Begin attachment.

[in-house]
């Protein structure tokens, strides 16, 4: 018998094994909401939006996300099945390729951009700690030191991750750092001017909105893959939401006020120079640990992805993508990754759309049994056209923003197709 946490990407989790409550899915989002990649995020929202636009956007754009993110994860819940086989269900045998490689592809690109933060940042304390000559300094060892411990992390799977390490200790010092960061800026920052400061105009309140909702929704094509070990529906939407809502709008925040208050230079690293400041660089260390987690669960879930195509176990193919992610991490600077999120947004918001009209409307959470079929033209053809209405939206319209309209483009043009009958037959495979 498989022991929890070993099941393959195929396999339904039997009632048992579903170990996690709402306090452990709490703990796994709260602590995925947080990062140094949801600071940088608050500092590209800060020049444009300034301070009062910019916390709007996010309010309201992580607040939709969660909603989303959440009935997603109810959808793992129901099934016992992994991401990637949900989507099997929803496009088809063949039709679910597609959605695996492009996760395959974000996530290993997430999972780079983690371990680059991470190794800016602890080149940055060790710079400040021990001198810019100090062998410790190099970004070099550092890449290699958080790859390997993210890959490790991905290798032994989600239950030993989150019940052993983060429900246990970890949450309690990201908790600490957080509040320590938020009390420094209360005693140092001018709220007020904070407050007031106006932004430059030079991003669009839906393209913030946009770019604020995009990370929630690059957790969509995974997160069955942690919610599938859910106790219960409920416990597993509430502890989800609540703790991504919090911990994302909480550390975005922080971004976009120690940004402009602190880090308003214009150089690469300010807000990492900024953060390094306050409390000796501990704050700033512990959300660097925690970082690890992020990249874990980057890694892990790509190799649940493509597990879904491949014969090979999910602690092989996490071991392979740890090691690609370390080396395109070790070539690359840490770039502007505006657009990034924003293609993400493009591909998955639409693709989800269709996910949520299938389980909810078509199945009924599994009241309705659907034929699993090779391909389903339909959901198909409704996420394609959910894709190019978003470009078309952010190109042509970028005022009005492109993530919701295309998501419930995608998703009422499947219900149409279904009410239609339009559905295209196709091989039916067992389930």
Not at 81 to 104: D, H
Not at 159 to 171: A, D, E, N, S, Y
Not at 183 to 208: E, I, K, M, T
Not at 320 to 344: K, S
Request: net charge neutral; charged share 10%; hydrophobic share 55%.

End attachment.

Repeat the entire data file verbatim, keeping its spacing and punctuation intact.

[in-house]
């Protein structure tokens, strides 16, 4: 018998094994909401939006996300099945390729951009700690030191991750750092001017909105893959939401006020120079640990992805993508990754759309049994056209923003197709 946490990407989790409550899915989002990649995020929202636009956007754009993110994860819940086989269900045998490689592809690109933060940042304390000559300094060892411990992390799977390490200790010092960061800026920052400061105009309140909702929704094509070990529906939407809502709008925040208050230079690293400041660089260390987690669960879930195509176990193919992610991490600077999120947004918001009209409307959470079929033209053809209405939206319209309209483009043009009958037959495979 498989022991929890070993099941393959195929396999339904039997009632048992579903170990996690709402306090452990709490703990796994709260602590995925947080990062140094949801600071940088608050500092590209800060020049444009300034301070009062910019916390709007996010309010309201992580607040939709969660909603989303959440009935997603109810959808793992129901099934016992992994991401990637949900989507099997929803496009088809063949039709679910597609959605695996492009996760395959974000996530290993997430999972780079983690371990680059991470190794800016602890080149940055060790710079400040021990001198810019100090062998410790190099970004070099550092890449290699958080790859390997993210890959490790991905290798032994989600239950030993989150019940052993983060429900246990970890949450309690990201908790600490957080509040320590938020009390420094209360005693140092001018709220007020904070407050007031106006932004430059030079991003669009839906393209913030946009770019604020995009990370929630690059957790969509995974997160069955942690919610599938859910106790219960409920416990597993509430502890989800609540703790991504919090911990994302909480550390975005922080971004976009120690940004402009602190880090308003214009150089690469300010807000990492900024953060390094306050409390000796501990704050700033512990959300660097925690970082690890992020990249874990980057890694892990790509190799649940493509597990879904491949014969090979999910602690092989996490071991392979740890090691690609370390080396395109070790070539690359840490770039502007505006657009990034924003293609993400493009591909998955639409693709989800269709996910949520299938389980909810078509199945009924599994009241309705659907034929699993090779391909389903339909959901198909409704996420394609959910894709190019978003470009078309952010190109042509970028005022009005492109993530919701295309998501419930995608998703009422499947219900149409279904009410239609339009559905295209196709091989039916067992389930």
Not at 81 to 104: D, H
Not at 159 to 171: A, D, E, N, S, Y
Not at 183 to 208: E, I, K, M, T
Not at 320 to 344: K, S
Request: net charge neutral; charged share 10%; hydrophobic share 55%.